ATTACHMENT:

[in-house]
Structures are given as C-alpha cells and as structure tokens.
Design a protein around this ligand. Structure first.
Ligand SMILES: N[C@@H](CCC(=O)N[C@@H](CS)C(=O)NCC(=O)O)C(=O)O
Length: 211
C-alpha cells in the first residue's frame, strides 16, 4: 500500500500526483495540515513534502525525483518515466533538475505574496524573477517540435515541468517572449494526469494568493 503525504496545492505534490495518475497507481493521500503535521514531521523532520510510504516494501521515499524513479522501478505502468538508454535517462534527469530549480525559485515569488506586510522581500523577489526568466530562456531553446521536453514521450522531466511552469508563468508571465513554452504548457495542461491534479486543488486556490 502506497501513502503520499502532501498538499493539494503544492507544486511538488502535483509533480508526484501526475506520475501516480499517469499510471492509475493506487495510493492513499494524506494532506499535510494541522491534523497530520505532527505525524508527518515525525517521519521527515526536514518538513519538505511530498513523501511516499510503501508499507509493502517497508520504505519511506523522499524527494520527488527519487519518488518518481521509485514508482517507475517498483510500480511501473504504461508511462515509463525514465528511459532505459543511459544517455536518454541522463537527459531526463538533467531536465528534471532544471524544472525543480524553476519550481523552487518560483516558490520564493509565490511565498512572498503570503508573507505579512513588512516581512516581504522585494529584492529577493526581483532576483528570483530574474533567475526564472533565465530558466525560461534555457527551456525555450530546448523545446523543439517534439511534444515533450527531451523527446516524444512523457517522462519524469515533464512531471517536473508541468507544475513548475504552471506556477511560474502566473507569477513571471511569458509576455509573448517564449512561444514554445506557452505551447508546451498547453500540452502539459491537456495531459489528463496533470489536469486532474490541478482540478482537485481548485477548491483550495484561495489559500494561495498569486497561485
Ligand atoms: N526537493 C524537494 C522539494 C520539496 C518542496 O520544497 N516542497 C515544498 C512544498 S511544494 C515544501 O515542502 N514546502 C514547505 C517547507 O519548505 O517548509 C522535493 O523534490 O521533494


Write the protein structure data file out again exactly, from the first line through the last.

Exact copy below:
[in-house]
Structures are given as C-alpha cells and as structure tokens.
Design a protein around this ligand. Structure first.
Ligand SMILES: N[C@@H](CCC(=O)N[C@@H](CS)C(=O)NCC(=O)O)C(=O)O
Length: 211
C-alpha cells in the first residue's frame, strides 16, 4: 500500500500526483495540515513534502525525483518515466533538475505574496524573477517540435515541468517572449494526469494568493 503525504496545492505534490495518475497507481493521500503535521514531521523532520510510504516494501521515499524513479522501478505502468538508454535517462534527469530549480525559485515569488506586510522581500523577489526568466530562456531553446521536453514521450522531466511552469508563468508571465513554452504548457495542461491534479486543488486556490 502506497501513502503520499502532501498538499493539494503544492507544486511538488502535483509533480508526484501526475506520475501516480499517469499510471492509475493506487495510493492513499494524506494532506499535510494541522491534523497530520505532527505525524508527518515525525517521519521527515526536514518538513519538505511530498513523501511516499510503501508499507509493502517497508520504505519511506523522499524527494520527488527519487519518488518518481521509485514508482517507475517498483510500480511501473504504461508511462515509463525514465528511459532505459543511459544517455536518454541522463537527459531526463538533467531536465528534471532544471524544472525543480524553476519550481523552487518560483516558490520564493509565490511565498512572498503570503508573507505579512513588512516581512516581504522585494529584492529577493526581483532576483528570483530574474533567475526564472533565465530558466525560461534555457527551456525555450530546448523545446523543439517534439511534444515533450527531451523527446516524444512523457517522462519524469515533464512531471517536473508541468507544475513548475504552471506556477511560474502566473507569477513571471511569458509576455509573448517564449512561444514554445506557452505551447508546451498547453500540452502539459491537456495531459489528463496533470489536469486532474490541478482540478482537485481548485477548491483550495484561495489559500494561495498569486497561485
Ligand atoms: N526537493 C524537494 C522539494 C520539496 C518542496 O520544497 N516542497 C515544498 C512544498 S511544494 C515544501 O515542502 N514546502 C514547505 C517547507 O519548505 O517548509 C522535493 O523534490 O521533494